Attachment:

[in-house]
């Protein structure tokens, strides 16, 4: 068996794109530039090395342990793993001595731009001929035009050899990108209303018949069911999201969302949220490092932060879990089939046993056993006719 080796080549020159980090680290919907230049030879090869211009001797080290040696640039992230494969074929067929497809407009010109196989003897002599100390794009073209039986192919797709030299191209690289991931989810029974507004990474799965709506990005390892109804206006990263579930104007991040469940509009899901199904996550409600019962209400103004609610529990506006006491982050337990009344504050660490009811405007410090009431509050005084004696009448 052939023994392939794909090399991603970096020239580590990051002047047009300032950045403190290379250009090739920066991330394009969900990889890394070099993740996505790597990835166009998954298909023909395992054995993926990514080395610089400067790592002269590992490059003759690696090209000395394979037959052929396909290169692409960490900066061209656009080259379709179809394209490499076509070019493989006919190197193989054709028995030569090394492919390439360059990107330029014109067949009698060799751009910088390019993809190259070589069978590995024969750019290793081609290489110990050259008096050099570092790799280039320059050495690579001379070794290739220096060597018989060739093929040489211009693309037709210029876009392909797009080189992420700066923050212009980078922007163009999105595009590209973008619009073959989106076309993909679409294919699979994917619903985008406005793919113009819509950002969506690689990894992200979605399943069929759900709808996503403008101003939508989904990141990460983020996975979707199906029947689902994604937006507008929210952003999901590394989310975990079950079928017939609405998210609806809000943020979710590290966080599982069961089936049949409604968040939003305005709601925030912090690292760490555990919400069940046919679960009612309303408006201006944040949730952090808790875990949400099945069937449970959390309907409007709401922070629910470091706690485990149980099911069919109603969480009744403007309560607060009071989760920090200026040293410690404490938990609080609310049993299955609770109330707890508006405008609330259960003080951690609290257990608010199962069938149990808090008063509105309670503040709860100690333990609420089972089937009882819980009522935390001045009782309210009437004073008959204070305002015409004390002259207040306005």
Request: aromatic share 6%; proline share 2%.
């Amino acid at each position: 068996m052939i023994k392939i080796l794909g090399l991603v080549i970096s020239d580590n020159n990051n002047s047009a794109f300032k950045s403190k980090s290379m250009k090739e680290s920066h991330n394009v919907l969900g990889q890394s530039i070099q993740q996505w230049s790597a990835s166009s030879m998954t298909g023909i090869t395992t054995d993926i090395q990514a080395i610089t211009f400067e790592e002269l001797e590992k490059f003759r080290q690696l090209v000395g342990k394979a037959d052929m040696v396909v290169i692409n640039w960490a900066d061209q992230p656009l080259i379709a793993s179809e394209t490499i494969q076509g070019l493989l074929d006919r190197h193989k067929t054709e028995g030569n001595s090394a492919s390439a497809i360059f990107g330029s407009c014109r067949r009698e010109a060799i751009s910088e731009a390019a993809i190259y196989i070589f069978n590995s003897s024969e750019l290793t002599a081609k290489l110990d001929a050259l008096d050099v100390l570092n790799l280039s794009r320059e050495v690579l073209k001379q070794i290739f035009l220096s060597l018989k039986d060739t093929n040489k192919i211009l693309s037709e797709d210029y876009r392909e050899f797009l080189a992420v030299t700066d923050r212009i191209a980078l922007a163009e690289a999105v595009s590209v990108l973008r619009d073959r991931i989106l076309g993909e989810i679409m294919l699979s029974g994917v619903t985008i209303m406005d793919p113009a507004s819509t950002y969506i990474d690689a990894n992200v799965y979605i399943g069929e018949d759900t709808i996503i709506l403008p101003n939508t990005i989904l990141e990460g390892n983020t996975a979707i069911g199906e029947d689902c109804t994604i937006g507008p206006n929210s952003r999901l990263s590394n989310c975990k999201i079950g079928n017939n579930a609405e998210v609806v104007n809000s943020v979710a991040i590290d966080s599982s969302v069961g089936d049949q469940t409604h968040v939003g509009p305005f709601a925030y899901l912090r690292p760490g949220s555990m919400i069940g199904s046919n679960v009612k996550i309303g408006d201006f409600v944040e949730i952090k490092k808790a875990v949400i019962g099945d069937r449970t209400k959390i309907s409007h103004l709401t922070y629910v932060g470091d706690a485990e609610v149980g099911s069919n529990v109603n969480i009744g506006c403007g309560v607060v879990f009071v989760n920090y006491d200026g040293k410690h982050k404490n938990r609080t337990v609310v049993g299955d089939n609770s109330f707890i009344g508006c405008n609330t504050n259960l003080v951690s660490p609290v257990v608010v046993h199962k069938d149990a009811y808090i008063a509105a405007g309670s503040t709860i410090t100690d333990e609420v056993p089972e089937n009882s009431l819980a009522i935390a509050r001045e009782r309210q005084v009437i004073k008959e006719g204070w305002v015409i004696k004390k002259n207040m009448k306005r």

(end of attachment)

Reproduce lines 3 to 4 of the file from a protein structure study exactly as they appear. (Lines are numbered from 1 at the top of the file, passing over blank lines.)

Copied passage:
Request: aromatic share 6%; proline share 2%.
């Amino acid at each position: 068996m052939i023994k392939i080796l794909g090399l991603v080549i970096s020239d580590n020159n990051n002047s047009a794109f300032k950045s403190k980090s290379m250009k090739e680290s920066h991330n394009v919907l969900g990889q890394s530039i070099q993740q996505w230049s790597a990835s166009s030879m998954t298909g023909i090869t395992t054995d993926i090395q990514a080395i610089t211009f400067e790592e002269l001797e590992k490059f003759r080290q690696l090209v000395g342990k394979a037959d052929m040696v396909v290169i692409n640039w960490a900066d061209q992230p656009l080259i379709a793993s179809e394209t490499i494969q076509g070019l493989l074929d006919r190197h193989k067929t054709e028995g030569n001595s090394a492919s390439a497809i360059f990107g330029s407009c014109r067949r009698e010109a060799i751009s910088e731009a390019a993809i190259y196989i070589f069978n590995s003897s024969e750019l290793t002599a081609k290489l110990d001929a050259l008096d050099v100390l570092n790799l280039s794009r320059e050495v690579l073209k001379q070794i290739f035009l220096s060597l018989k039986d060739t093929n040489k192919i211009l693309s037709e797709d210029y876009r392909e050899f797009l080189a992420v030299t700066d923050r212009i191209a980078l922007a163009e690289a999105v595009s590209v990108l973008r619009d073959r991931i989106l076309g993909e989810i679409m294919l699979s029974g994917v619903t985008i209303m406005d793919p113009a507004s819509t950002y969506i990474d690689a990894n992200v799965y979605i399943g069929e018949d759900t709808i996503i709506l403008p101003n939508t990005i989904l990141e990460g390892n983020t996975a979707i069911g199906e029947d689902c109804t994604i937006g507008p206006n929210s952003r999901l990263s590394n989310c975990k999201i079950g079928n017939n579930a609405e998210v609806v104007n809000s943020v979710a991040i590290d966080s599982s969302v069961g089936d049949q469940t409604h968040v939003g509009p305005f709601a925030y899901l912090r690292p760490g949220s555990m919400i069940g199904s046919n679960v009612k996550i309303g408006d201006f409600v944040e949730i952090k490092k808790a875990v949400i019962g099945d069937r449970t209400k959390i309907s409007h103004l709401t922070y629910v932060g470091d706690a485990e609610v149980g099911s069919n529990v109603n969480i009744g506006c403007g309560v607060v879990f009071v989760n920090y006491d200026g040293k410690h982050k404490n938990r609080t337990v609310v049993g299955d089939n609770s109330f707890i009344g508006c405008n609330t504050n259960l003080v951690s660490p609290v257990v608010v046993h199962k069938d149990a009811y808090i008063a509105a405007g309670s503040t709860i410090t100690d333990e609420v056993p089972e089937n009882s009431l819980a009522i935390a509050r001045e009782r309210q005084v009437i004073k008959e006719g204070w305002v015409i004696k004390k002259n207040m009448k306005r």